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Re: Problem determining a PID with ps

Malte Forkel wrote:
> In a bash script, I ran into a problem using ps. It seems to me, that it
> takes some time before a newly created process is detected by ps.

No.  The ps command will see all currently running processes.  If ps
is not listing the process then it is because the process is not (yet)

> Here is what I do: In a bash script, I start a programm using su,
> something like
>     nice su myuser -c mycommand &
>     SUPID=$!

The 'nice' command is /usr/bin/nice which will exec(2) the next
command in the argument list which in this case is 'su'.  You have
asked su to run the command through the /bin/sh with the -c option
which will either exec or not depending upon whether you include shell
metacharacters in your command.  Simple commands will be exec'd to
save a process.  But complex shell commands will invoke a shell to
handle the command.

SUPID is the process id of the outermost process.  In this case it
will be the process id of the 'su' command.  You already know this
because you are using the --ppid option to select based upon the
parent.  But if it is a complex command then there will be another
shell process between 'mycommand' and the 'su'.

> Because I might have to later send a signal to the mycommand process
> later, I then try to determine ist PID:
>     CMDPID=$(ps -f --ppid $SUPID -C mycommand | awk 'NR == 2 { print $2 }')
> To my surprise, CMDPID often was empty. I wrapped the above line into a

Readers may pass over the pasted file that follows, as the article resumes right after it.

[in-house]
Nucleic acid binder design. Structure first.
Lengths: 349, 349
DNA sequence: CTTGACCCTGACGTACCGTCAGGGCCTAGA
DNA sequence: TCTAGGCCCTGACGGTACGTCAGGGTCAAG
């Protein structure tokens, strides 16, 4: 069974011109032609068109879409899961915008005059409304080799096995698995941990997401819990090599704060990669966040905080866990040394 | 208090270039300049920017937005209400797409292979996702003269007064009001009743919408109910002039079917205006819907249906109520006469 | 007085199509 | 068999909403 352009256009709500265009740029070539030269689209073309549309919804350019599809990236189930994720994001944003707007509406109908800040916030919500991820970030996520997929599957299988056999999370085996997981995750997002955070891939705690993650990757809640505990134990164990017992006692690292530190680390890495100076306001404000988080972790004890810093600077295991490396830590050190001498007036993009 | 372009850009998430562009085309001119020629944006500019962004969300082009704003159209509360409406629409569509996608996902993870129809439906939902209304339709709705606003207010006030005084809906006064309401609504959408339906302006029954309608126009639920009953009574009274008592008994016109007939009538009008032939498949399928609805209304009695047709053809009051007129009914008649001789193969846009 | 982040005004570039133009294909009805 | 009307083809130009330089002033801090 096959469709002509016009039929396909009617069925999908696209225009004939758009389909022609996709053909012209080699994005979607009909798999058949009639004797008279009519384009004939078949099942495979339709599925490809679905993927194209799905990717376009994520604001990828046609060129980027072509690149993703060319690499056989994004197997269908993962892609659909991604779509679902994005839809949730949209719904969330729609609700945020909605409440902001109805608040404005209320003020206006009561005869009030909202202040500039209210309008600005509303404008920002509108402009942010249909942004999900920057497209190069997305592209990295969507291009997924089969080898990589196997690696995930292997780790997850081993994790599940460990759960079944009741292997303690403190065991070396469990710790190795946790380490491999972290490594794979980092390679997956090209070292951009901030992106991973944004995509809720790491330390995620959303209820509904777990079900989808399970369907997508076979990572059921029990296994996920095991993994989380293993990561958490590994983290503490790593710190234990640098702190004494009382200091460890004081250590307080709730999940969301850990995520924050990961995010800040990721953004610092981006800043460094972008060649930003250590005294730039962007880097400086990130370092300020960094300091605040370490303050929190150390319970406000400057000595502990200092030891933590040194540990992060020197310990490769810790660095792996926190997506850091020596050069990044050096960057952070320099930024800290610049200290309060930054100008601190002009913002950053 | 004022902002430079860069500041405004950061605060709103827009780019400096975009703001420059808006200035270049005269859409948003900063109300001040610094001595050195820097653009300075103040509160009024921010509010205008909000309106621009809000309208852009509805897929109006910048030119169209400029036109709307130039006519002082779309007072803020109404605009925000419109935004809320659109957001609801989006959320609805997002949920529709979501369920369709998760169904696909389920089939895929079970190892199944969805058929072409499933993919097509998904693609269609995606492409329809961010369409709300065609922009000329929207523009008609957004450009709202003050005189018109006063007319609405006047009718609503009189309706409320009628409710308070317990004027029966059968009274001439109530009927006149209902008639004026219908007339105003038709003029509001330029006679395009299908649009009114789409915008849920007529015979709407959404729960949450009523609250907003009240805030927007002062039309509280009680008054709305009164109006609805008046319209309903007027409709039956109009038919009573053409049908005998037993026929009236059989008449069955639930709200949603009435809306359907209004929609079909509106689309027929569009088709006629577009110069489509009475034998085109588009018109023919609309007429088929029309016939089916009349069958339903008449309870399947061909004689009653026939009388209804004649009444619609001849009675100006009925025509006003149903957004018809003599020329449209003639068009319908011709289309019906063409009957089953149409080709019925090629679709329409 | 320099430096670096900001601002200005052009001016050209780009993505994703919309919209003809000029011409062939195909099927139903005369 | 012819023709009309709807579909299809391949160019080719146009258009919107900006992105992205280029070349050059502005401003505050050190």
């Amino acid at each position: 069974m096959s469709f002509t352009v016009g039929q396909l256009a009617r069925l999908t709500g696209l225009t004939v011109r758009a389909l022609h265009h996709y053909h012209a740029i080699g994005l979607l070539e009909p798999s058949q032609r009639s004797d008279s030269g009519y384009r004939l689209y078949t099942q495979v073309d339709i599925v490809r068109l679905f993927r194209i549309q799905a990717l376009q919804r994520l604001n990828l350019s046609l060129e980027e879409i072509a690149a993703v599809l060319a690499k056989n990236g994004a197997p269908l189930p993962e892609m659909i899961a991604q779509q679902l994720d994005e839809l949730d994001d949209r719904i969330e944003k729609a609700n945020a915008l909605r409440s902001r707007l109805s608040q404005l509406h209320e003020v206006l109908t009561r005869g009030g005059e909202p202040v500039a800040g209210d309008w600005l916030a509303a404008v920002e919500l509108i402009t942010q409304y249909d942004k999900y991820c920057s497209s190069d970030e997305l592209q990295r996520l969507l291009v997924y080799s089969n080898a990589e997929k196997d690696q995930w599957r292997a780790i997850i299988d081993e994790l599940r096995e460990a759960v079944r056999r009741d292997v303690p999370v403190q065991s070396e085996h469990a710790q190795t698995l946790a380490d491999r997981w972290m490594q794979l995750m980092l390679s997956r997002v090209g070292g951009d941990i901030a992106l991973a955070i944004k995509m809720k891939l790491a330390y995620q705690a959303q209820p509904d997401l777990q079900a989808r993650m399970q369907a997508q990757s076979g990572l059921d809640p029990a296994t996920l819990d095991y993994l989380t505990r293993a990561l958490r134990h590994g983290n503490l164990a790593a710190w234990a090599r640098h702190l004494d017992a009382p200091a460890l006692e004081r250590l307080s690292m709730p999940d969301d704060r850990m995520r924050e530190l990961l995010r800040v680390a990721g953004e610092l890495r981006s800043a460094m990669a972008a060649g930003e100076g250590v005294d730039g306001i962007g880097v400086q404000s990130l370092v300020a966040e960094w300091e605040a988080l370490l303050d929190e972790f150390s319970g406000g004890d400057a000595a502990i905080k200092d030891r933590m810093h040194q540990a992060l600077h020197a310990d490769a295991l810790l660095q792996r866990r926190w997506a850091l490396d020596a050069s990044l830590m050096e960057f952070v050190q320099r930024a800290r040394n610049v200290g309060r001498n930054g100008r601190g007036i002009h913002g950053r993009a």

> loop and found that it might take 2 or 3 attempts until ps finds the
> process and CMDPID is set.

I didn't look very closely at your problem but I believe you have a
race condition.  You are starting up nice, which exec's su, which then
depending upon the argument string either exec's the command directy
or exec's a shell to process the command.  Only after all of that will
your command be started.  That isn't instantaneous.  Especially on a
loaded system you could easily get a ps listing before the sequence
has launched your command.

> Now, here are my questions:
>  - Is this a pure timing issue, i.e. should 'sleep 1' before the call to
> ps reliably solve the problem?

While that will /probably/ work most of the time it isn't guaranteed.
It might take longer than a second.  This is launched as an
asynchronous process and asynchronous means that the various processes
proceed at their own rates.

>  - Is there a better way to determine the PID of the mycommand process?

If you can't have the process you want write out its own process id
directly then I think I would loop waiting for the process to show up.
Start with no delay at all because you might get lucky and that is
fastest.  Then add a small delay and try again.  Do this a few times
waiting for the process to show up.  If it doesn't show up after a
loop timeout, say 30 seconds, then you can detect this and report the


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